Figure 1. Timeline of the experimental study. All animals underwent SPECT-CT scan 7 days prior to surgery. Day 0 was the day of surgery when sham-operated animals underwent left thoracotomy without any further manipulation, control animals underwent left thoracotomy and surgically induced ischemia via ligation of LAD, and experimental animals underwent left thoracotomy and ligation of LAD followed by installation of stem cells at the point of ischemia in a cross pattern. All animals underwent SPECT-CT 7 days after surgery and 15 days after surgery. Finally, on the 15th day post-surgery, euthanasia took place, followed by tissue harvesting.
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Figure 2. Images of the left ventricle (arrows). SPECT/CT imaging of all axes’ views (longitudinal, sagittal, and transverse from left to right) in healthy myocardium. SPECT-CT images were collected to visualize the myocardial functionality. The color bar indicates the difference in accumulated radiopharmaceutical, directly linked to the level of blood circulation (deep blue being the lowest and white the highest). The color bar indicates a qualitative estimation of myocardial functionality, while quantitative values were extracted from the voxels of each cardiac chamber.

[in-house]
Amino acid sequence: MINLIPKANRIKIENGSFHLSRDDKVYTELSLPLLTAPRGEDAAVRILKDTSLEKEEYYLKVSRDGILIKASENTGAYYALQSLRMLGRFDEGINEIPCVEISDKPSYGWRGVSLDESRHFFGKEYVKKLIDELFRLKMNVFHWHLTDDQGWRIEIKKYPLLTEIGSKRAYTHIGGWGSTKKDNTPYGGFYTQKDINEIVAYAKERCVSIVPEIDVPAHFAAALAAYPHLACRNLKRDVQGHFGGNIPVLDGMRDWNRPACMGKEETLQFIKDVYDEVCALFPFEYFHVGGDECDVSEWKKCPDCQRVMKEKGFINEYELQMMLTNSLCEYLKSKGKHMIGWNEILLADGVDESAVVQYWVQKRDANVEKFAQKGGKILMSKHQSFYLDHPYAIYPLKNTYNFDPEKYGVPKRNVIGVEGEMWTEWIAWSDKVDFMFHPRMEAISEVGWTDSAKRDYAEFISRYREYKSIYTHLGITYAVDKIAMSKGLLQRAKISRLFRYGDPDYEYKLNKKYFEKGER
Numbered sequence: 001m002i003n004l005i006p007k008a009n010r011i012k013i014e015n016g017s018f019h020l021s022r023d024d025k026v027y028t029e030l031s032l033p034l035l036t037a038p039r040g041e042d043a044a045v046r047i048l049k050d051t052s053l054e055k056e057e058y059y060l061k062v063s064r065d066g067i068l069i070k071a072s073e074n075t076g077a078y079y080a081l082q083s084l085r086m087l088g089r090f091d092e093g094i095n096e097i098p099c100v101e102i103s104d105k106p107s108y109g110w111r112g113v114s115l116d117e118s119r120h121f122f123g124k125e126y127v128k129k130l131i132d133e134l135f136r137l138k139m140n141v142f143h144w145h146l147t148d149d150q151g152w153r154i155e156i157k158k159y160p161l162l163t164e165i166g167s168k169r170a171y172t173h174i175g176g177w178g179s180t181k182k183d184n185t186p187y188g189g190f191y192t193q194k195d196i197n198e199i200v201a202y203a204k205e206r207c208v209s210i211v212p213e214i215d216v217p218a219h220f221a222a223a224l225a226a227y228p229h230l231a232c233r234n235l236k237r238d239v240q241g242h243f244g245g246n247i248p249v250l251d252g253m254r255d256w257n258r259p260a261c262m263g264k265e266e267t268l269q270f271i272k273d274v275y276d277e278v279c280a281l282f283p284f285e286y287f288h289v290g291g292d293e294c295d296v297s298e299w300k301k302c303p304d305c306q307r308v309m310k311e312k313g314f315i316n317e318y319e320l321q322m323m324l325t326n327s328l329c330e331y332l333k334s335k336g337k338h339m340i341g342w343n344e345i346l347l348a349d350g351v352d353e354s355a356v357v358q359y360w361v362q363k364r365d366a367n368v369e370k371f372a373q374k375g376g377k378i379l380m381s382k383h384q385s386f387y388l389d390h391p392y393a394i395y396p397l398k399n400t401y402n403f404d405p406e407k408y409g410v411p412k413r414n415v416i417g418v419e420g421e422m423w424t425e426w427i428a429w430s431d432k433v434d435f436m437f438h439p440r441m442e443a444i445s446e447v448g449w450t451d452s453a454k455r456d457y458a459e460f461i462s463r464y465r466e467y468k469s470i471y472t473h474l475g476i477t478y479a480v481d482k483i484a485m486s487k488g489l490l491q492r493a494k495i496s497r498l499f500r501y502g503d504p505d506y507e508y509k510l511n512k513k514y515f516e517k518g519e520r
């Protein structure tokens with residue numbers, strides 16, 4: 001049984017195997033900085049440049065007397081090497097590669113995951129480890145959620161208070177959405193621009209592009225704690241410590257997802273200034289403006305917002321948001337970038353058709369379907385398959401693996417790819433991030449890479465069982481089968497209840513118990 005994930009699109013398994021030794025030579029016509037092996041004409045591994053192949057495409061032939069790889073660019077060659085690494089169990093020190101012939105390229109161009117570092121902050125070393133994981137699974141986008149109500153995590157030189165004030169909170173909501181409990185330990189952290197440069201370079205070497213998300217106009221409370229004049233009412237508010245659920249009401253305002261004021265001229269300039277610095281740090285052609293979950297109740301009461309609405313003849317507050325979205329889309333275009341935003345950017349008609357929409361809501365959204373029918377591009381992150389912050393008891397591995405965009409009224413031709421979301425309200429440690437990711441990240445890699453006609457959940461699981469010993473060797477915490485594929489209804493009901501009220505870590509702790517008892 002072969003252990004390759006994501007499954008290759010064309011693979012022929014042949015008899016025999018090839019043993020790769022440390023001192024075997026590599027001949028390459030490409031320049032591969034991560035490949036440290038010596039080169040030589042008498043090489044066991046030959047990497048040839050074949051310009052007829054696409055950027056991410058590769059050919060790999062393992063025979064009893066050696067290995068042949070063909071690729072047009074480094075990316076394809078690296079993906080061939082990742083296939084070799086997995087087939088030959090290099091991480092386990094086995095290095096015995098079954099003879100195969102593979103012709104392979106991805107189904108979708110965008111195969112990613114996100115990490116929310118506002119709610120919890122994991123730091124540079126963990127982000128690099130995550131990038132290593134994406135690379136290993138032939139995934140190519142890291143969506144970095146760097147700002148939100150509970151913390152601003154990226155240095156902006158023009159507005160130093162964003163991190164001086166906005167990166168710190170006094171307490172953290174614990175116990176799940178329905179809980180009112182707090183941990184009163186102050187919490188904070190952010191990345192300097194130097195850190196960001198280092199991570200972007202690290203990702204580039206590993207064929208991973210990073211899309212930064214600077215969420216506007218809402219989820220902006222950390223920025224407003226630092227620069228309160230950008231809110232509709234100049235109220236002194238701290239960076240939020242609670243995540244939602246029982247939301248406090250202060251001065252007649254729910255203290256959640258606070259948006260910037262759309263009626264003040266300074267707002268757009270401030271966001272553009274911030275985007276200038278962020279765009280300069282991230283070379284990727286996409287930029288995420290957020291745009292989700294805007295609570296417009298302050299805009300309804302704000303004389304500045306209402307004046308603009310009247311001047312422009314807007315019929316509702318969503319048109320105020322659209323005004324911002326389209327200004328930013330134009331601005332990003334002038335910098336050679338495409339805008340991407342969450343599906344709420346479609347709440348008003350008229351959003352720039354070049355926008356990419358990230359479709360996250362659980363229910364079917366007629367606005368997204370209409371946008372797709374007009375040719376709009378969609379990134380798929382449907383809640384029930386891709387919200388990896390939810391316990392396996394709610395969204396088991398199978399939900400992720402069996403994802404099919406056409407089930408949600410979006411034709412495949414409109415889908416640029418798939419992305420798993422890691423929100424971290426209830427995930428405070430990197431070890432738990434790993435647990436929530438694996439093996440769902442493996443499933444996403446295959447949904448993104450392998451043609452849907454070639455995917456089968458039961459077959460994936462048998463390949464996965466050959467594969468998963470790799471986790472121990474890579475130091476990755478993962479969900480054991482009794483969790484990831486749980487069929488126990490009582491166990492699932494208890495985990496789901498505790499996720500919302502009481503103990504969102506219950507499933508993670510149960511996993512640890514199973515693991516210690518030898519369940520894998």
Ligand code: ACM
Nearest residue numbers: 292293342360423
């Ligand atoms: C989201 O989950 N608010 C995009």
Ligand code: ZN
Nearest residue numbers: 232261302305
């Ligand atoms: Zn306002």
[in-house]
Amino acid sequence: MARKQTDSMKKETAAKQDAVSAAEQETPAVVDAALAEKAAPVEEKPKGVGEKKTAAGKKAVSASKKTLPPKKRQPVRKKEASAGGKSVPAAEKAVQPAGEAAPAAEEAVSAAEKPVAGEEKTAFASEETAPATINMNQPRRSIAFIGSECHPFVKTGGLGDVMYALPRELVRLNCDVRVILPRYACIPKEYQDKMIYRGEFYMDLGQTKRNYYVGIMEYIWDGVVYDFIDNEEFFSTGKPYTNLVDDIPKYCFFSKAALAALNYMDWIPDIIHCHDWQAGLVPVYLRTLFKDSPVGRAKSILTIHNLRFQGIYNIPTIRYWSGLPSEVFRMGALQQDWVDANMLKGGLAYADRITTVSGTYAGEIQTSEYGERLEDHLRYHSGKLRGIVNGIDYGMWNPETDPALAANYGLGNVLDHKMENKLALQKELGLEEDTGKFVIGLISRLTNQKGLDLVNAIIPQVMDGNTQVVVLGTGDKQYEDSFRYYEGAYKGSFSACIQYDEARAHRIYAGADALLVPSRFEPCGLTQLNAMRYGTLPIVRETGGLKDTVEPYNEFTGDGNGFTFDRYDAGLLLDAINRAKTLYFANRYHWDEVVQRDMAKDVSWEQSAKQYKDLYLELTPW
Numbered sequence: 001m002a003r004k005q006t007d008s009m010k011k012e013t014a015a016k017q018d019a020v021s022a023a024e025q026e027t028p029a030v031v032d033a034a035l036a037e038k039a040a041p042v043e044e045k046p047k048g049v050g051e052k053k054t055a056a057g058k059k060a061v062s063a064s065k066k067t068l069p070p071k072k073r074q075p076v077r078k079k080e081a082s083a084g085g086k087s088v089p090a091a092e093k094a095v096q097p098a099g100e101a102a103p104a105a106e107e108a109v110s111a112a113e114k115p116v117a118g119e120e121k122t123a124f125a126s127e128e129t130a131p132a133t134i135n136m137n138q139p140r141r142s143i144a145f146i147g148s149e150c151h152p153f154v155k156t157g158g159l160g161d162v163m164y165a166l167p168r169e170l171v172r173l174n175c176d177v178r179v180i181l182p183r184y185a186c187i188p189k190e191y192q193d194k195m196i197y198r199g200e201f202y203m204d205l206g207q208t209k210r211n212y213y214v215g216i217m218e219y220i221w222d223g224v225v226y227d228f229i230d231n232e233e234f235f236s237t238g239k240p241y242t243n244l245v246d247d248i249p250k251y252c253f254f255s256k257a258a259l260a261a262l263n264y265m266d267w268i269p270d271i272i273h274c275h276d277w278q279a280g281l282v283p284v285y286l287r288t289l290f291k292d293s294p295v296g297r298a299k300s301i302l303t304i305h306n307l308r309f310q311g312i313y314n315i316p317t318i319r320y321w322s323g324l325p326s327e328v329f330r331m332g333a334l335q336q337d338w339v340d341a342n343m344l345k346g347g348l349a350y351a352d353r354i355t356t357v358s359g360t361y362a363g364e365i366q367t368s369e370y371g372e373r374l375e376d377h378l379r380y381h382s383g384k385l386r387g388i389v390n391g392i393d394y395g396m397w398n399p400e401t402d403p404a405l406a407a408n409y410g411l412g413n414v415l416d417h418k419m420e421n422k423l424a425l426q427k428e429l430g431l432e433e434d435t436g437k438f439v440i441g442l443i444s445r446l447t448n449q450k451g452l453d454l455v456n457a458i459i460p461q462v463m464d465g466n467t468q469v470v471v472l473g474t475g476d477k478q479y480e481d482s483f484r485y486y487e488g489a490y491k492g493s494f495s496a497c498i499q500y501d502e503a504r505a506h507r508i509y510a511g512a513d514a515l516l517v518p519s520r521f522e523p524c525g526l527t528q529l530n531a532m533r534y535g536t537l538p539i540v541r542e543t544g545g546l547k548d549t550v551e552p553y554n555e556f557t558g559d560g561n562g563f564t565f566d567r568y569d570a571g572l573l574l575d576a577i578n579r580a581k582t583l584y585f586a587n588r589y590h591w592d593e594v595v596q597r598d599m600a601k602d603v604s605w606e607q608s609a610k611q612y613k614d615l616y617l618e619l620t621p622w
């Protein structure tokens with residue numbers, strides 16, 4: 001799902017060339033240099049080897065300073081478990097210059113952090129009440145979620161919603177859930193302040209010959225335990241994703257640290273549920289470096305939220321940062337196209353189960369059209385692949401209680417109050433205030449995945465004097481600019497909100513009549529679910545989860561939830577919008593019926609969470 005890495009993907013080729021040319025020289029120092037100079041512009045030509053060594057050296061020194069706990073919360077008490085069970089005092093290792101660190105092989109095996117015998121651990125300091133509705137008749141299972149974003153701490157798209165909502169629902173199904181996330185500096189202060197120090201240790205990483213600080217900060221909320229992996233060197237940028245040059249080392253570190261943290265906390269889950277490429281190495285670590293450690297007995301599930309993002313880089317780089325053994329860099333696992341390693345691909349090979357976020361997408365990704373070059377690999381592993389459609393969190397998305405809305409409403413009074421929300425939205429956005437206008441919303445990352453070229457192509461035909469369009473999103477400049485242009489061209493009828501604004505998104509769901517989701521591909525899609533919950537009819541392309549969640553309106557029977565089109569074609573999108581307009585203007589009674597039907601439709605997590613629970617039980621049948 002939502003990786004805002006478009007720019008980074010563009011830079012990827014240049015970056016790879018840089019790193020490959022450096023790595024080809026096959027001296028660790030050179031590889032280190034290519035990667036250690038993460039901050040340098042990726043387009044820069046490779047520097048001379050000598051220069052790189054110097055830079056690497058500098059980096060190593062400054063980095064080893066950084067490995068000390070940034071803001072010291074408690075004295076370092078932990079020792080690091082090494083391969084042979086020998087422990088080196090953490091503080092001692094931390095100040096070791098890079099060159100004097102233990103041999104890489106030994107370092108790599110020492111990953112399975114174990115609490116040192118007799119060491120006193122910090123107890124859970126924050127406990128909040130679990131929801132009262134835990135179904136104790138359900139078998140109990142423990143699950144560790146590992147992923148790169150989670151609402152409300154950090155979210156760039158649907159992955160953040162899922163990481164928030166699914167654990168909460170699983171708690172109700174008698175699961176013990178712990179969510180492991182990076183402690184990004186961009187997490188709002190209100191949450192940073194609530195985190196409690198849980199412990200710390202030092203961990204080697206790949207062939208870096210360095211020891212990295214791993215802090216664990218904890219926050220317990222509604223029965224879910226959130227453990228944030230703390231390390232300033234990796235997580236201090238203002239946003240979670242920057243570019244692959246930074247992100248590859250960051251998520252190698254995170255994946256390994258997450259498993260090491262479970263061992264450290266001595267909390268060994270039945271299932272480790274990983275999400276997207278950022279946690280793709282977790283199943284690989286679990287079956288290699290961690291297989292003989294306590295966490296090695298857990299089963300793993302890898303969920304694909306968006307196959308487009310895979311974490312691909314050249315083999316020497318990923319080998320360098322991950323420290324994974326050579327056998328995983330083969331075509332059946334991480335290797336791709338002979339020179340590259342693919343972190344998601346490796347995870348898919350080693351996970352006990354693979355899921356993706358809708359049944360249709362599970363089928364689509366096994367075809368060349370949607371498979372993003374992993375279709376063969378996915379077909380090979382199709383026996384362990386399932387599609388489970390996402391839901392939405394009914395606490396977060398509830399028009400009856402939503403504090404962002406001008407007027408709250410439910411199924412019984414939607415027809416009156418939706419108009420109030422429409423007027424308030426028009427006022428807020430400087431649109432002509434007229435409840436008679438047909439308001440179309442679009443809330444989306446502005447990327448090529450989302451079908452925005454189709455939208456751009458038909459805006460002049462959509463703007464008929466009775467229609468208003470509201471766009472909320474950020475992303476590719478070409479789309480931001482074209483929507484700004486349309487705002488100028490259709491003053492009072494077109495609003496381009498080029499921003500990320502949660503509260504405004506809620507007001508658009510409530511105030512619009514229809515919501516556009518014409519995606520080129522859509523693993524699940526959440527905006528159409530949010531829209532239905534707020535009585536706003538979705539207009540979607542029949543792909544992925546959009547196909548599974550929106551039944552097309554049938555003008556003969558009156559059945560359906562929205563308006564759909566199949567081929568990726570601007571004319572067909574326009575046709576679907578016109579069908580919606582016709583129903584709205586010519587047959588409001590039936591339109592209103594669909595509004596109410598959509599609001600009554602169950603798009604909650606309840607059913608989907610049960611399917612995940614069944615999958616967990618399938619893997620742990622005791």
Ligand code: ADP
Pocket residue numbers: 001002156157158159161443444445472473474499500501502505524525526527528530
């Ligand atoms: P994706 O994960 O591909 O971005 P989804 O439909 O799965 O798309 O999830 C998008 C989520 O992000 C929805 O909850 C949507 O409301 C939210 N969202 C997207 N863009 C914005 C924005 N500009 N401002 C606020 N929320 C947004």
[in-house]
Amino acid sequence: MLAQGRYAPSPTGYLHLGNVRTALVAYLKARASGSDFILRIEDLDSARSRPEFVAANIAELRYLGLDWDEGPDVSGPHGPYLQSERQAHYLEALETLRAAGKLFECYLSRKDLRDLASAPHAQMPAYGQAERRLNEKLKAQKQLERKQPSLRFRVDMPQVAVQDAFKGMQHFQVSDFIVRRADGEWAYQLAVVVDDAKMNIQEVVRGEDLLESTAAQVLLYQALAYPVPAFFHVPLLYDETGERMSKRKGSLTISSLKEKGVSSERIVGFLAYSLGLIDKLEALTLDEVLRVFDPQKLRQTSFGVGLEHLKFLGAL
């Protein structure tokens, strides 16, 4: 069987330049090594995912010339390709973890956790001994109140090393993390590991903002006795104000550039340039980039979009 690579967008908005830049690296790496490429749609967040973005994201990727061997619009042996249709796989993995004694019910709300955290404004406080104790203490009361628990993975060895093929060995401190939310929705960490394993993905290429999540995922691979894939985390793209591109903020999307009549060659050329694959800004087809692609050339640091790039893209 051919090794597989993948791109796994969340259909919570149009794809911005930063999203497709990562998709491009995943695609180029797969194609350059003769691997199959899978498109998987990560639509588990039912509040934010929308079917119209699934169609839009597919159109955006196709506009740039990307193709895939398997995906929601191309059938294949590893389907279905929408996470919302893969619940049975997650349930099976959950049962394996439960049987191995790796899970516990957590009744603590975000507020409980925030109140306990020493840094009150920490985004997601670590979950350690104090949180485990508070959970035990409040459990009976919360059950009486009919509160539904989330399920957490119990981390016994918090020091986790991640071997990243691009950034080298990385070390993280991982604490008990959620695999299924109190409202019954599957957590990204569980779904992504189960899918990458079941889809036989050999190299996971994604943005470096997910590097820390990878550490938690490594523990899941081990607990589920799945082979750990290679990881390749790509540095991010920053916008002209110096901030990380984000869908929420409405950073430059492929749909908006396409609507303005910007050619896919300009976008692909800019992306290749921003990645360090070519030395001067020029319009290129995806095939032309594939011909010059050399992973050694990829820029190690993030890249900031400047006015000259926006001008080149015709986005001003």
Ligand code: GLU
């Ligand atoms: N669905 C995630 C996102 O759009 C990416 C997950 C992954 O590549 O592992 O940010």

Figure 2. Images of the left ventricle (arrows). SPECT/CT imaging of all axes’ views (longitudinal, sagittal, and transverse from left to right) in healthy myocardium. SPECT-CT images were collected to visualize the myocardial functionality. The color bar indicates the difference in accumulated radiopharmaceutical, directly linked to the level of blood circulation (deep blue being the lowest and white the highest). The color bar indicates a qualitative estimation of myocardial functionality, while quantitative values were extracted from the voxels of each cardiac chamber.